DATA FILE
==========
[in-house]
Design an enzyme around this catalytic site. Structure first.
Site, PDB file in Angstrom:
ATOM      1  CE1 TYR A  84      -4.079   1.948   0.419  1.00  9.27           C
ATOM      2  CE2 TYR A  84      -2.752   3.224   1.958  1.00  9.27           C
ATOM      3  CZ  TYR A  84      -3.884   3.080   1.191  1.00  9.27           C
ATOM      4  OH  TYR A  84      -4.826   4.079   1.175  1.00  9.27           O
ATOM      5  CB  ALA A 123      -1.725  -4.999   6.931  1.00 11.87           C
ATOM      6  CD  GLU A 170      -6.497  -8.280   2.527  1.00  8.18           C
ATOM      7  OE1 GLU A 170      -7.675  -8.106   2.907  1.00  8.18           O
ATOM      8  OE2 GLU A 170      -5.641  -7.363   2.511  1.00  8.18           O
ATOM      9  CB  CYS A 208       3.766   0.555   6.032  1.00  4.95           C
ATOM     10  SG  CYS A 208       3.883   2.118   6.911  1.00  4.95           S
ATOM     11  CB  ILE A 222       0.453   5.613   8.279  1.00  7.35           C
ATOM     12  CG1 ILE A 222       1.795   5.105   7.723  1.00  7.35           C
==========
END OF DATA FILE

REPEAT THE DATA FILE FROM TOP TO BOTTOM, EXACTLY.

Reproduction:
[in-house]
Design an enzyme around this catalytic site. Structure first.
Site, PDB file in Angstrom:
ATOM      1  CE1 TYR A  84      -4.079   1.948   0.419  1.00  9.27           C
ATOM      2  CE2 TYR A  84      -2.752   3.224   1.958  1.00  9.27           C
ATOM      3  CZ  TYR A  84      -3.884   3.080   1.191  1.00  9.27           C
ATOM      4  OH  TYR A  84      -4.826   4.079   1.175  1.00  9.27           O
ATOM      5  CB  ALA A 123      -1.725  -4.999   6.931  1.00 11.87           C
ATOM      6  CD  GLU A 170      -6.497  -8.280   2.527  1.00  8.18           C
ATOM      7  OE1 GLU A 170      -7.675  -8.106   2.907  1.00  8.18           O
ATOM      8  OE2 GLU A 170      -5.641  -7.363   2.511  1.00  8.18           O
ATOM      9  CB  CYS A 208       3.766   0.555   6.032  1.00  4.95           C
ATOM     10  SG  CYS A 208       3.883   2.118   6.911  1.00  4.95           S
ATOM     11  CB  ILE A 222       0.453   5.613   8.279  1.00  7.35           C
ATOM     12  CG1 ILE A 222       1.795   5.105   7.723  1.00  7.35           C